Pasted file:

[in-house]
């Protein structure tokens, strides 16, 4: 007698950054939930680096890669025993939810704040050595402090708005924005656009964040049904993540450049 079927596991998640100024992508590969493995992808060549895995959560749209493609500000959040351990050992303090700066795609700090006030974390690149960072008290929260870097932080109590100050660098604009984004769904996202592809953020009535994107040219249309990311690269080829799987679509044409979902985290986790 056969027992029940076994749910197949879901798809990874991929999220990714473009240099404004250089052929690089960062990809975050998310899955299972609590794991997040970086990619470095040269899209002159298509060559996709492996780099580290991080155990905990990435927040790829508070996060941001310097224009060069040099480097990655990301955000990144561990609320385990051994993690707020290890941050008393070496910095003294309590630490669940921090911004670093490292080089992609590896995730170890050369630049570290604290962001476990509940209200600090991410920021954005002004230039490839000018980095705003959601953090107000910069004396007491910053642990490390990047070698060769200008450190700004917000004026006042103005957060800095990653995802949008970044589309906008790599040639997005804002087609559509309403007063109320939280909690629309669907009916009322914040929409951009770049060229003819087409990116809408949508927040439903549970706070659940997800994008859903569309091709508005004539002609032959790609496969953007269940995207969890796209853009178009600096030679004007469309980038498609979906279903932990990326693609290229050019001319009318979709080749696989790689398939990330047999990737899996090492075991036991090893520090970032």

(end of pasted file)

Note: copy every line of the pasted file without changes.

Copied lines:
[in-house]
């Protein structure tokens, strides 16, 4: 007698950054939930680096890669025993939810704040050595402090708005924005656009964040049904993540450049 079927596991998640100024992508590969493995992808060549895995959560749209493609500000959040351990050992303090700066795609700090006030974390690149960072008290929260870097932080109590100050660098604009984004769904996202592809953020009535994107040219249309990311690269080829799987679509044409979902985290986790 056969027992029940076994749910197949879901798809990874991929999220990714473009240099404004250089052929690089960062990809975050998310899955299972609590794991997040970086990619470095040269899209002159298509060559996709492996780099580290991080155990905990990435927040790829508070996060941001310097224009060069040099480097990655990301955000990144561990609320385990051994993690707020290890941050008393070496910095003294309590630490669940921090911004670093490292080089992609590896995730170890050369630049570290604290962001476990509940209200600090991410920021954005002004230039490839000018980095705003959601953090107000910069004396007491910053642990490390990047070698060769200008450190700004917000004026006042103005957060800095990653995802949008970044589309906008790599040639997005804002087609559509309403007063109320939280909690629309669907009916009322914040929409951009770049060229003819087409990116809408949508927040439903549970706070659940997800994008859903569309091709508005004539002609032959790609496969953007269940995207969890796209853009178009600096030679004007469309980038498609979906279903932990990326693609290229050019001319009318979709080749696989790689398939990330047999990737899996090492075991036991090893520090970032």